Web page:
As I write this, our house has been without electricity for more than two days, and we have been warned that it could take upwards of a week to restore power fully throughout our state. Hurricane Irene blew through here after working its way up the Eastern Seaboard into New England. With torrential rains and wind gusts of 60 miles per hour, the remnant of the storm threatened for a time to bring towering trees crashing down on our house. As it was, the only tree in our yard to suffer severe damage was a small maple down near the road. My son and I were out the next morning picking up fallen tree limbs and raking leaves; otherwise, apart from a refrigerator full of spoiled food, we were unscathed.
The Old Testament prophets, never shy about calling down God’s wrath on wayward Israelites, sometimes expressed themselves in meteorological terms. Nahum, who characterized the Lord as avenging and wrathful, warned that “his way is in whirlwind and storm.” Those inclined to read God’s mood into the forces of nature might conclude that the Almighty is especially prone to temper tantrums during hurricane season. The evangelist Pat Robertson famously declared that Hurricane Katrina was God’s judgment on legalized abortion. Robertson later issued a jeremiad in which he blamed the devastating 2010 earthquake in Haiti on a “pact with the devil” made by the Haitian people when they threw off French rule imore than 200 years ago.
Martin Luther had reason to believe the forces of nature were marshaled against him personally, having been knocked to the ground in a near-fatal lightning strike when he was an impressionable young law student. Terrified that he would be dispatched straight to hell, Luther vowed to become a monk if his life were spared. It was, and he kept his promise, although the Church would later have cause to wish the thunderbolt had been better aimed.
The 18th-century American evangelist Jonathan Edwards had once shared Luther’s dread of thunderstorms and the terrors of hell. However, his sense of the “majestic and awful voice of God’s thunder” was forever transformed as the result of a conversion experience as a young man. He recalled walking alone in his father’s pasture when he was overcome by a profound awareness of God’s majesty and meekness joined together at the core:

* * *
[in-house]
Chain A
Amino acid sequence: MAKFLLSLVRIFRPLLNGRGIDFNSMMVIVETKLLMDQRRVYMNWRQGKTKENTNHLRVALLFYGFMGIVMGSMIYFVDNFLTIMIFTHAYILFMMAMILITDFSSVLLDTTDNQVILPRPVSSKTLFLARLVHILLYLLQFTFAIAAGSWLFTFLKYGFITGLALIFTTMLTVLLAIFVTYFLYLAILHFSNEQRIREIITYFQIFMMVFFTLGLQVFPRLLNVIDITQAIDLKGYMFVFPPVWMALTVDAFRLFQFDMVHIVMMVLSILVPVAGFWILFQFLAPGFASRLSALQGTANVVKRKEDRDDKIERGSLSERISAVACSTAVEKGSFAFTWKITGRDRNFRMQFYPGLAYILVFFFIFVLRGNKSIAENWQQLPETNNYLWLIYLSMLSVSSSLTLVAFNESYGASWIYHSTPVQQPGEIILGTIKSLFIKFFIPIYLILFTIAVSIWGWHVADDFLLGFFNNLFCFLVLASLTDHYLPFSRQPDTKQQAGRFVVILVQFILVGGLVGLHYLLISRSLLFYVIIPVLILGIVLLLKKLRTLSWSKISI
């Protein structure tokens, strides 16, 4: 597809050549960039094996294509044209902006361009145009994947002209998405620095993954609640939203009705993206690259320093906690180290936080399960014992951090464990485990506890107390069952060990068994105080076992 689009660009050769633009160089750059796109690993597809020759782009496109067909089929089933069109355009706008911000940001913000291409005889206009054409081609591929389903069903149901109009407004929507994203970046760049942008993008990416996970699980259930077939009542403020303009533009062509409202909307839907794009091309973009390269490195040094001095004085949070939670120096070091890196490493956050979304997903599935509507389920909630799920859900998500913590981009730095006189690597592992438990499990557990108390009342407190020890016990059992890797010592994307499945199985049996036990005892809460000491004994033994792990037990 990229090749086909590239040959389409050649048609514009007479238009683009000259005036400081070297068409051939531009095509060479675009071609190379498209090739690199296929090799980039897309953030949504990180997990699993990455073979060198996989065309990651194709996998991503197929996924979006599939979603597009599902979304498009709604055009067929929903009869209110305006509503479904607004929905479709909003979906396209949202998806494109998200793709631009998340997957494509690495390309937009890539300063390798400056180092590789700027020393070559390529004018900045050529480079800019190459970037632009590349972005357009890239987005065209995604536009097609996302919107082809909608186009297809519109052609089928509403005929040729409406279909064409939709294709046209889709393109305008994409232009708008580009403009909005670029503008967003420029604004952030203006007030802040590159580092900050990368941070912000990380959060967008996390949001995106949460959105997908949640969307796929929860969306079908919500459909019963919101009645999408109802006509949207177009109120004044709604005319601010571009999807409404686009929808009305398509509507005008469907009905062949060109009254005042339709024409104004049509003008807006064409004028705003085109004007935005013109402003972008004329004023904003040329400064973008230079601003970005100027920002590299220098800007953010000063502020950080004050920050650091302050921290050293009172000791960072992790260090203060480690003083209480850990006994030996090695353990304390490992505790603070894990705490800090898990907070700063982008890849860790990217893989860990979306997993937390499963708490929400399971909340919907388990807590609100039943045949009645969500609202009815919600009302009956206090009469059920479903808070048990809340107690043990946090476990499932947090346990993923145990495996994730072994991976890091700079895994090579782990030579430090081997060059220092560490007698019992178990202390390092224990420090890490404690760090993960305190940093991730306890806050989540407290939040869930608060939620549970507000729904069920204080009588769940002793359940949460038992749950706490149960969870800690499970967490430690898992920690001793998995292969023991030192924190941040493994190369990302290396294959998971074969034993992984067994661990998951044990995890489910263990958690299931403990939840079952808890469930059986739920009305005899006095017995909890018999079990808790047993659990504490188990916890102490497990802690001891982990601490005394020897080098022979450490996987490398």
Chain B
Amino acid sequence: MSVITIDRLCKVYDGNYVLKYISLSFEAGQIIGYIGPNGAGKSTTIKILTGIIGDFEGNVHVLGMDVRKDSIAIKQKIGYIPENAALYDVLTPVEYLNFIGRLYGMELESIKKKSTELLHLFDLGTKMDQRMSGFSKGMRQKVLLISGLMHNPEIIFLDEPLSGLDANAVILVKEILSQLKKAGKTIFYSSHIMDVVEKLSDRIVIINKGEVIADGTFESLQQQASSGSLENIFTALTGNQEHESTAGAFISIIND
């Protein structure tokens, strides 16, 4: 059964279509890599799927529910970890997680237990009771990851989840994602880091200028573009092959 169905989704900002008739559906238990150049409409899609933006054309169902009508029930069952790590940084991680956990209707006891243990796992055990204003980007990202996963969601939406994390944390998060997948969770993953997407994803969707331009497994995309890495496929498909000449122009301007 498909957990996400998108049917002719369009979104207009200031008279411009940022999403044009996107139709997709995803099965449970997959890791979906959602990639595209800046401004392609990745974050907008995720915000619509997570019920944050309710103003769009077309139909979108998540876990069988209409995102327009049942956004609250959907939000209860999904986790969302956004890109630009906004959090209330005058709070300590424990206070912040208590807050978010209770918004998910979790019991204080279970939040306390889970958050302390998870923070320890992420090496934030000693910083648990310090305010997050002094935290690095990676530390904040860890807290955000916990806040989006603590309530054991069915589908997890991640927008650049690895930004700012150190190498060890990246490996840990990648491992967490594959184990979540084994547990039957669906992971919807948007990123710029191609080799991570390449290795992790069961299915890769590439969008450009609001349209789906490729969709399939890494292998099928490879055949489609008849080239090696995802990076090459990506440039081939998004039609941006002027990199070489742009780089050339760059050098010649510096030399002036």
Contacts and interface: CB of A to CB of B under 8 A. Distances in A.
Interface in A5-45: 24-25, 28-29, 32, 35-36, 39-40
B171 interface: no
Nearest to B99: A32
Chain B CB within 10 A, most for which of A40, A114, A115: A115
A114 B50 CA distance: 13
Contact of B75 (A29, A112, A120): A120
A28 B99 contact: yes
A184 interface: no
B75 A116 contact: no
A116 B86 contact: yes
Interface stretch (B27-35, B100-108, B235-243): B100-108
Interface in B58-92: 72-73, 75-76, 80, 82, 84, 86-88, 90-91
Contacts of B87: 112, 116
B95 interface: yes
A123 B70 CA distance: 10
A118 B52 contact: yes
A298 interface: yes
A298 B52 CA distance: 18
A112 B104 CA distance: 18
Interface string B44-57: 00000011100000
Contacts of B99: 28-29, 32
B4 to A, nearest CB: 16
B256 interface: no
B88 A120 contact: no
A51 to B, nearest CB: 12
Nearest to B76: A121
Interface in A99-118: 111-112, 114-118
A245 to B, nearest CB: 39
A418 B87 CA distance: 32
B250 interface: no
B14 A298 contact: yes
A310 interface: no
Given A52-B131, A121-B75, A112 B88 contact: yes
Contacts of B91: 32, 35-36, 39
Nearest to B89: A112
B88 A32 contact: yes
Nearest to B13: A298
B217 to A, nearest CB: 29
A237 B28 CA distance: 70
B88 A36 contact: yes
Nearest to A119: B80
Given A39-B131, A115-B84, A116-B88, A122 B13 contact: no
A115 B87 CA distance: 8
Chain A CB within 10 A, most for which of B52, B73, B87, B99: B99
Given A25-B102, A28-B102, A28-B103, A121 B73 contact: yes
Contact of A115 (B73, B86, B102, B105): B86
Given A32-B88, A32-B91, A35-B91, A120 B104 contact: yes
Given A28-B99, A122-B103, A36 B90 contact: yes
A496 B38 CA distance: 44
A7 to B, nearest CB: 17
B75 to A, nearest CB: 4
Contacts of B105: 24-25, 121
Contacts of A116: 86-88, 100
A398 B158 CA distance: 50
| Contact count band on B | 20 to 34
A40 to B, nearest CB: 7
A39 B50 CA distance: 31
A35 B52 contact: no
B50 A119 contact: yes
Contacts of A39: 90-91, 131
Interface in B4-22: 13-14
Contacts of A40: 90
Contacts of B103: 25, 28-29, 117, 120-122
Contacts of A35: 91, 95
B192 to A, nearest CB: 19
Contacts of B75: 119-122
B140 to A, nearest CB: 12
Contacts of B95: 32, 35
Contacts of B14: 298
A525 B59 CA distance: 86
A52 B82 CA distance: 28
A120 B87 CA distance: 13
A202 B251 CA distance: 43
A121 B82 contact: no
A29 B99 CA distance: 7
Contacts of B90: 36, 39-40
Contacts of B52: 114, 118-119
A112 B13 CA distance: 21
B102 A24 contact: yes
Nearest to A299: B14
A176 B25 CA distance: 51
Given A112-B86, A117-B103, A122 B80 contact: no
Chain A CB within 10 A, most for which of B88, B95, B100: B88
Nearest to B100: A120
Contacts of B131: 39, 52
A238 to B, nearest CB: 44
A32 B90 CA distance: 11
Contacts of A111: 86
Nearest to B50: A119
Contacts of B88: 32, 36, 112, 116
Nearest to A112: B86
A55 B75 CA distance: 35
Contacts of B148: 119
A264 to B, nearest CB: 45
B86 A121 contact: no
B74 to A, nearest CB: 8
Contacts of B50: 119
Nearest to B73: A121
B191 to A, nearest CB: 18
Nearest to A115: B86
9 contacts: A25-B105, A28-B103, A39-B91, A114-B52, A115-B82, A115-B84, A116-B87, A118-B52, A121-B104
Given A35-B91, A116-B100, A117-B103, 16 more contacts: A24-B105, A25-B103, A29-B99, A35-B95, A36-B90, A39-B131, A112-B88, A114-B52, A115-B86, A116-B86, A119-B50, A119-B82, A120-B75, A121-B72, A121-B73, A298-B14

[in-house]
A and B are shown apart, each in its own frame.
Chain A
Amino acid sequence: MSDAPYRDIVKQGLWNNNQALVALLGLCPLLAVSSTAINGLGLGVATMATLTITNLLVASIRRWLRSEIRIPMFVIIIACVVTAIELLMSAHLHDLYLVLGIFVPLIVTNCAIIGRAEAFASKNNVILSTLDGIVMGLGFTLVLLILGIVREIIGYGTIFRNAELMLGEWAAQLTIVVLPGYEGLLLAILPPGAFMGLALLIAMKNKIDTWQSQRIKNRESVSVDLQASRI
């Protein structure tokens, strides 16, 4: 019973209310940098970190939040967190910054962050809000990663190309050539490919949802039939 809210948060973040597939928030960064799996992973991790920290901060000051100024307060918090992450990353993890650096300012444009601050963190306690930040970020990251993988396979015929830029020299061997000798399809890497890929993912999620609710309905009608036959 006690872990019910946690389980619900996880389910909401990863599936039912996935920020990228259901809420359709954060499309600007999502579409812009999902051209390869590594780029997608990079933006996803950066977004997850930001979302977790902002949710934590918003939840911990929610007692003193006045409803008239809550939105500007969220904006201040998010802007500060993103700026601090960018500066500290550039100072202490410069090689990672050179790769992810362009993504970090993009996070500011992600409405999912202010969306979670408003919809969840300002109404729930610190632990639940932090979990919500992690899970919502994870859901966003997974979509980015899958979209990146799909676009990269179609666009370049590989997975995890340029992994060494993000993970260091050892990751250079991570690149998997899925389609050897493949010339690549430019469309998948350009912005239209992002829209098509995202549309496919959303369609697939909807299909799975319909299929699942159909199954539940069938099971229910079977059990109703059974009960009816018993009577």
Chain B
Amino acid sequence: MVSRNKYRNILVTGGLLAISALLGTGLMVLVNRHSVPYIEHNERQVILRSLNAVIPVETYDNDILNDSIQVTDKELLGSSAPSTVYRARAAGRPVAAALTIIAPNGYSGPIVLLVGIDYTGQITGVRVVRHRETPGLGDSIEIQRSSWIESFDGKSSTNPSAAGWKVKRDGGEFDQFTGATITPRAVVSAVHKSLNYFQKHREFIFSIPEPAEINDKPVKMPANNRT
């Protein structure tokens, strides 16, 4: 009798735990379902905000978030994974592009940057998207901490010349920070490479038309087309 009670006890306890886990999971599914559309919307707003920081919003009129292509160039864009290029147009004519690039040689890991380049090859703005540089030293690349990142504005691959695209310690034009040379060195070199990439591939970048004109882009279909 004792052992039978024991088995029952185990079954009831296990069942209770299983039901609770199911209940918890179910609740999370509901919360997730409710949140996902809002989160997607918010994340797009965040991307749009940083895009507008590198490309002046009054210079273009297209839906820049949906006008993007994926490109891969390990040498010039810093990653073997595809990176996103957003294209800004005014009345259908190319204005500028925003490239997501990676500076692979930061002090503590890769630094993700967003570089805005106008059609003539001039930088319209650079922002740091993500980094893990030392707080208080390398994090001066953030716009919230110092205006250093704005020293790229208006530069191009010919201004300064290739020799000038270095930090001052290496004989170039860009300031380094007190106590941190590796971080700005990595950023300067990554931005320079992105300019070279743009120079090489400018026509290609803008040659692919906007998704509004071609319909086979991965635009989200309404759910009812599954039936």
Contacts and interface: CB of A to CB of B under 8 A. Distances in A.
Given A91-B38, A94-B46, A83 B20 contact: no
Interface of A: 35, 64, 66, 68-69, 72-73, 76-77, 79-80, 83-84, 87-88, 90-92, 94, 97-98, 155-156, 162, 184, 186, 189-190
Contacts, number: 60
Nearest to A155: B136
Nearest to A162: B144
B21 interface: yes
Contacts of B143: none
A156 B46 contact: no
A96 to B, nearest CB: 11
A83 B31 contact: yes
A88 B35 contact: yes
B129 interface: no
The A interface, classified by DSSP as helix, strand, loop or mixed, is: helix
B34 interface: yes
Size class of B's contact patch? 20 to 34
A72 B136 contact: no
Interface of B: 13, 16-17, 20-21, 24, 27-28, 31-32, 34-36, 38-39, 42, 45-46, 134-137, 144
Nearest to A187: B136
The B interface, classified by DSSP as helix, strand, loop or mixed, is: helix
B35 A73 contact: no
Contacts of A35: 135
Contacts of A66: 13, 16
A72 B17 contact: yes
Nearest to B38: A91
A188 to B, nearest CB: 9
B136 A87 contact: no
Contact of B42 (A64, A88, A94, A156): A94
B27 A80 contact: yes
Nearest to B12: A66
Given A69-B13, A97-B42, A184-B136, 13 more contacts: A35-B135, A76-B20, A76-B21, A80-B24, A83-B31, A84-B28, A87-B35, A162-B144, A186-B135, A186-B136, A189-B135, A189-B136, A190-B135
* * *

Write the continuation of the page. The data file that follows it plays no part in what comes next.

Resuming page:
The appearance of every thing was altered; there seemed to be, as it were, a calm, sweet cast, or appearance of divine glory, in almost every thing. God’s excellency, his wisdom, his purity and love, seemed to appear in every thing; in the sun, and moon, and stars; in the clouds and blue sky; in the grass, flowers, trees; in the water, and all nature; which used greatly to fix my mind. I often used to sit and view the moon for a long time; and in the day, spent much time in viewing the clouds and sky, to behold the sweet glory of God in these things; in the mean time, singing forth, with a low voice, my contemplations of the Creator and Redeemer.
Edwards now rejoiced at the approach of thunderstorms, which he said were often “exceedingly entertaining, leading me to sweet contemplations of my great and glorious God.” He added, “While thus engaged, it always seemed natural to me to sing or chant forth my meditations; or, to speak my thoughts in soliloquies with a singing voice.”
A similar impulse inspired Carl Boberg, a small-town pastor in Sweden, to write a poem that was later set to on old Swedish folk tune and translated into English as “How Great Thou Art.” Long a staple of Billy Graham crusades, the hymn was written after Boberg and some companions were caught in a thunderstorm on their way home from a church service. A dark cloud suddenly appeared on the horizon, followed by flashes of lightning and a strong wind that swept across fields of billowing grain. Then the rains came, and afterwards a rainbow. Boberg was moved to write:
O Lord my God! When I in awesome wonder
Consider all the works Thy hands have made.
I see the stars, I hear the rolling thunder,
Thy power throughout the universe displayed.
There is an old saying that the fear of God is the beginning of wisdom, but it is only the beginning. In time we may discover the very things that inspire terror on first encounter later become a cause for rejoicing. For Edwards and Boberg, the instinctive response to God’s power and majesty was to sing. Music is a distinctly human form of expression and may have emerged around the same time as language. Music probably arose in imitation of sounds heard in nature, but it also provided a response to the spirits or forces that were believed to animate nature. Music has almost certainly been used in religious rituals from the beginning, whether to express fear or exultation. Children too young to talk can still dance, and dementia patients suffering from severe cognitive deficits may still be capable of making music. Perhaps that’s because music originates not in the mind but in the spirit.
Jonathan Edwards, Personal Narrative